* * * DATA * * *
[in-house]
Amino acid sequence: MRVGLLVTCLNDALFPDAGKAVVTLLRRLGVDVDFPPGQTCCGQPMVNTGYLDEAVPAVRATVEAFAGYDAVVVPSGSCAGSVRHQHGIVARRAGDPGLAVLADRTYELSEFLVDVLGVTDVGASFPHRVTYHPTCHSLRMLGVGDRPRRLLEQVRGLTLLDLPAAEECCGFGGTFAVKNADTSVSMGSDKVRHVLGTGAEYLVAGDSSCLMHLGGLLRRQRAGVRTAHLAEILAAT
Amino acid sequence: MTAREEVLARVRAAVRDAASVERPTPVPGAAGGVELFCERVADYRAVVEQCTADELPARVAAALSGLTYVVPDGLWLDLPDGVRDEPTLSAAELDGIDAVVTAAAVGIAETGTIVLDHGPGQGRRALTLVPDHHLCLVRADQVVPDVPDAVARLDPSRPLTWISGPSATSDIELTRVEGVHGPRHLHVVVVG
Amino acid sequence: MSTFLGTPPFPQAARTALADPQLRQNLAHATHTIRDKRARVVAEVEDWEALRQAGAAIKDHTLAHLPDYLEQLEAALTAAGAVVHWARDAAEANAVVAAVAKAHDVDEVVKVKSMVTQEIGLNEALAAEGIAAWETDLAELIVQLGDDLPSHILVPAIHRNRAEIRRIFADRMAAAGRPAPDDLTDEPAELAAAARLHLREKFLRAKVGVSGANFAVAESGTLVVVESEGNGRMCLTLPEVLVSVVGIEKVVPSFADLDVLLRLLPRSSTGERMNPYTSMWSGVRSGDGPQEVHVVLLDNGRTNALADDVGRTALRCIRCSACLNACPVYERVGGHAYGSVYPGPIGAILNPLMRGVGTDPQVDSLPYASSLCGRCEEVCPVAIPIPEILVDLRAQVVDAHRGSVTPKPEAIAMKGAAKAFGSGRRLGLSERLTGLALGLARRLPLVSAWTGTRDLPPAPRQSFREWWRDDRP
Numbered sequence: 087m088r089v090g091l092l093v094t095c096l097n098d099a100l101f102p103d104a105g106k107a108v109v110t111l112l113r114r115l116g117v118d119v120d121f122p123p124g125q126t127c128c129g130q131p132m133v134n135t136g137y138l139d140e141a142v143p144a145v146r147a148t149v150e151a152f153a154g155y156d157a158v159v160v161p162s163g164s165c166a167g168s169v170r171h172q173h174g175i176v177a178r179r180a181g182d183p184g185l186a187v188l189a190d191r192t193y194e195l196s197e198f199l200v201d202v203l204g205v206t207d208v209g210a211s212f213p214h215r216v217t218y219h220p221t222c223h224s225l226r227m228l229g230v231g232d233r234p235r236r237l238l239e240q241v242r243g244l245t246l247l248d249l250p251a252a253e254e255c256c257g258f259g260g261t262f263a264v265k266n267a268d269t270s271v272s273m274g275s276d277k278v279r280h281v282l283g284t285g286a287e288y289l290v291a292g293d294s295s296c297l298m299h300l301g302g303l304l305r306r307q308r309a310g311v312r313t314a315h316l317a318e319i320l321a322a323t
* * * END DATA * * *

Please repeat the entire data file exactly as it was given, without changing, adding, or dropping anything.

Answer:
[in-house]
Amino acid sequence: MRVGLLVTCLNDALFPDAGKAVVTLLRRLGVDVDFPPGQTCCGQPMVNTGYLDEAVPAVRATVEAFAGYDAVVVPSGSCAGSVRHQHGIVARRAGDPGLAVLADRTYELSEFLVDVLGVTDVGASFPHRVTYHPTCHSLRMLGVGDRPRRLLEQVRGLTLLDLPAAEECCGFGGTFAVKNADTSVSMGSDKVRHVLGTGAEYLVAGDSSCLMHLGGLLRRQRAGVRTAHLAEILAAT
Amino acid sequence: MTAREEVLARVRAAVRDAASVERPTPVPGAAGGVELFCERVADYRAVVEQCTADELPARVAAALSGLTYVVPDGLWLDLPDGVRDEPTLSAAELDGIDAVVTAAAVGIAETGTIVLDHGPGQGRRALTLVPDHHLCLVRADQVVPDVPDAVARLDPSRPLTWISGPSATSDIELTRVEGVHGPRHLHVVVVG
Amino acid sequence: MSTFLGTPPFPQAARTALADPQLRQNLAHATHTIRDKRARVVAEVEDWEALRQAGAAIKDHTLAHLPDYLEQLEAALTAAGAVVHWARDAAEANAVVAAVAKAHDVDEVVKVKSMVTQEIGLNEALAAEGIAAWETDLAELIVQLGDDLPSHILVPAIHRNRAEIRRIFADRMAAAGRPAPDDLTDEPAELAAAARLHLREKFLRAKVGVSGANFAVAESGTLVVVESEGNGRMCLTLPEVLVSVVGIEKVVPSFADLDVLLRLLPRSSTGERMNPYTSMWSGVRSGDGPQEVHVVLLDNGRTNALADDVGRTALRCIRCSACLNACPVYERVGGHAYGSVYPGPIGAILNPLMRGVGTDPQVDSLPYASSLCGRCEEVCPVAIPIPEILVDLRAQVVDAHRGSVTPKPEAIAMKGAAKAFGSGRRLGLSERLTGLALGLARRLPLVSAWTGTRDLPPAPRQSFREWWRDDRP
Numbered sequence: 087m088r089v090g091l092l093v094t095c096l097n098d099a100l101f102p103d104a105g106k107a108v109v110t111l112l113r114r115l116g117v118d119v120d121f122p123p124g125q126t127c128c129g130q131p132m133v134n135t136g137y138l139d140e141a142v143p144a145v146r147a148t149v150e151a152f153a154g155y156d157a158v159v160v161p162s163g164s165c166a167g168s169v170r171h172q173h174g175i176v177a178r179r180a181g182d183p184g185l186a187v188l189a190d191r192t193y194e195l196s197e198f199l200v201d202v203l204g205v206t207d208v209g210a211s212f213p214h215r216v217t218y219h220p221t222c223h224s225l226r227m228l229g230v231g232d233r234p235r236r237l238l239e240q241v242r243g244l245t246l247l248d249l250p251a252a253e254e255c256c257g258f259g260g261t262f263a264v265k266n267a268d269t270s271v272s273m274g275s276d277k278v279r280h281v282l283g284t285g286a287e288y289l290v291a292g293d294s295s296c297l298m299h300l301g302g303l304l305r306r307q308r309a310g311v312r313t314a315h316l317a318e319i320l321a322a323t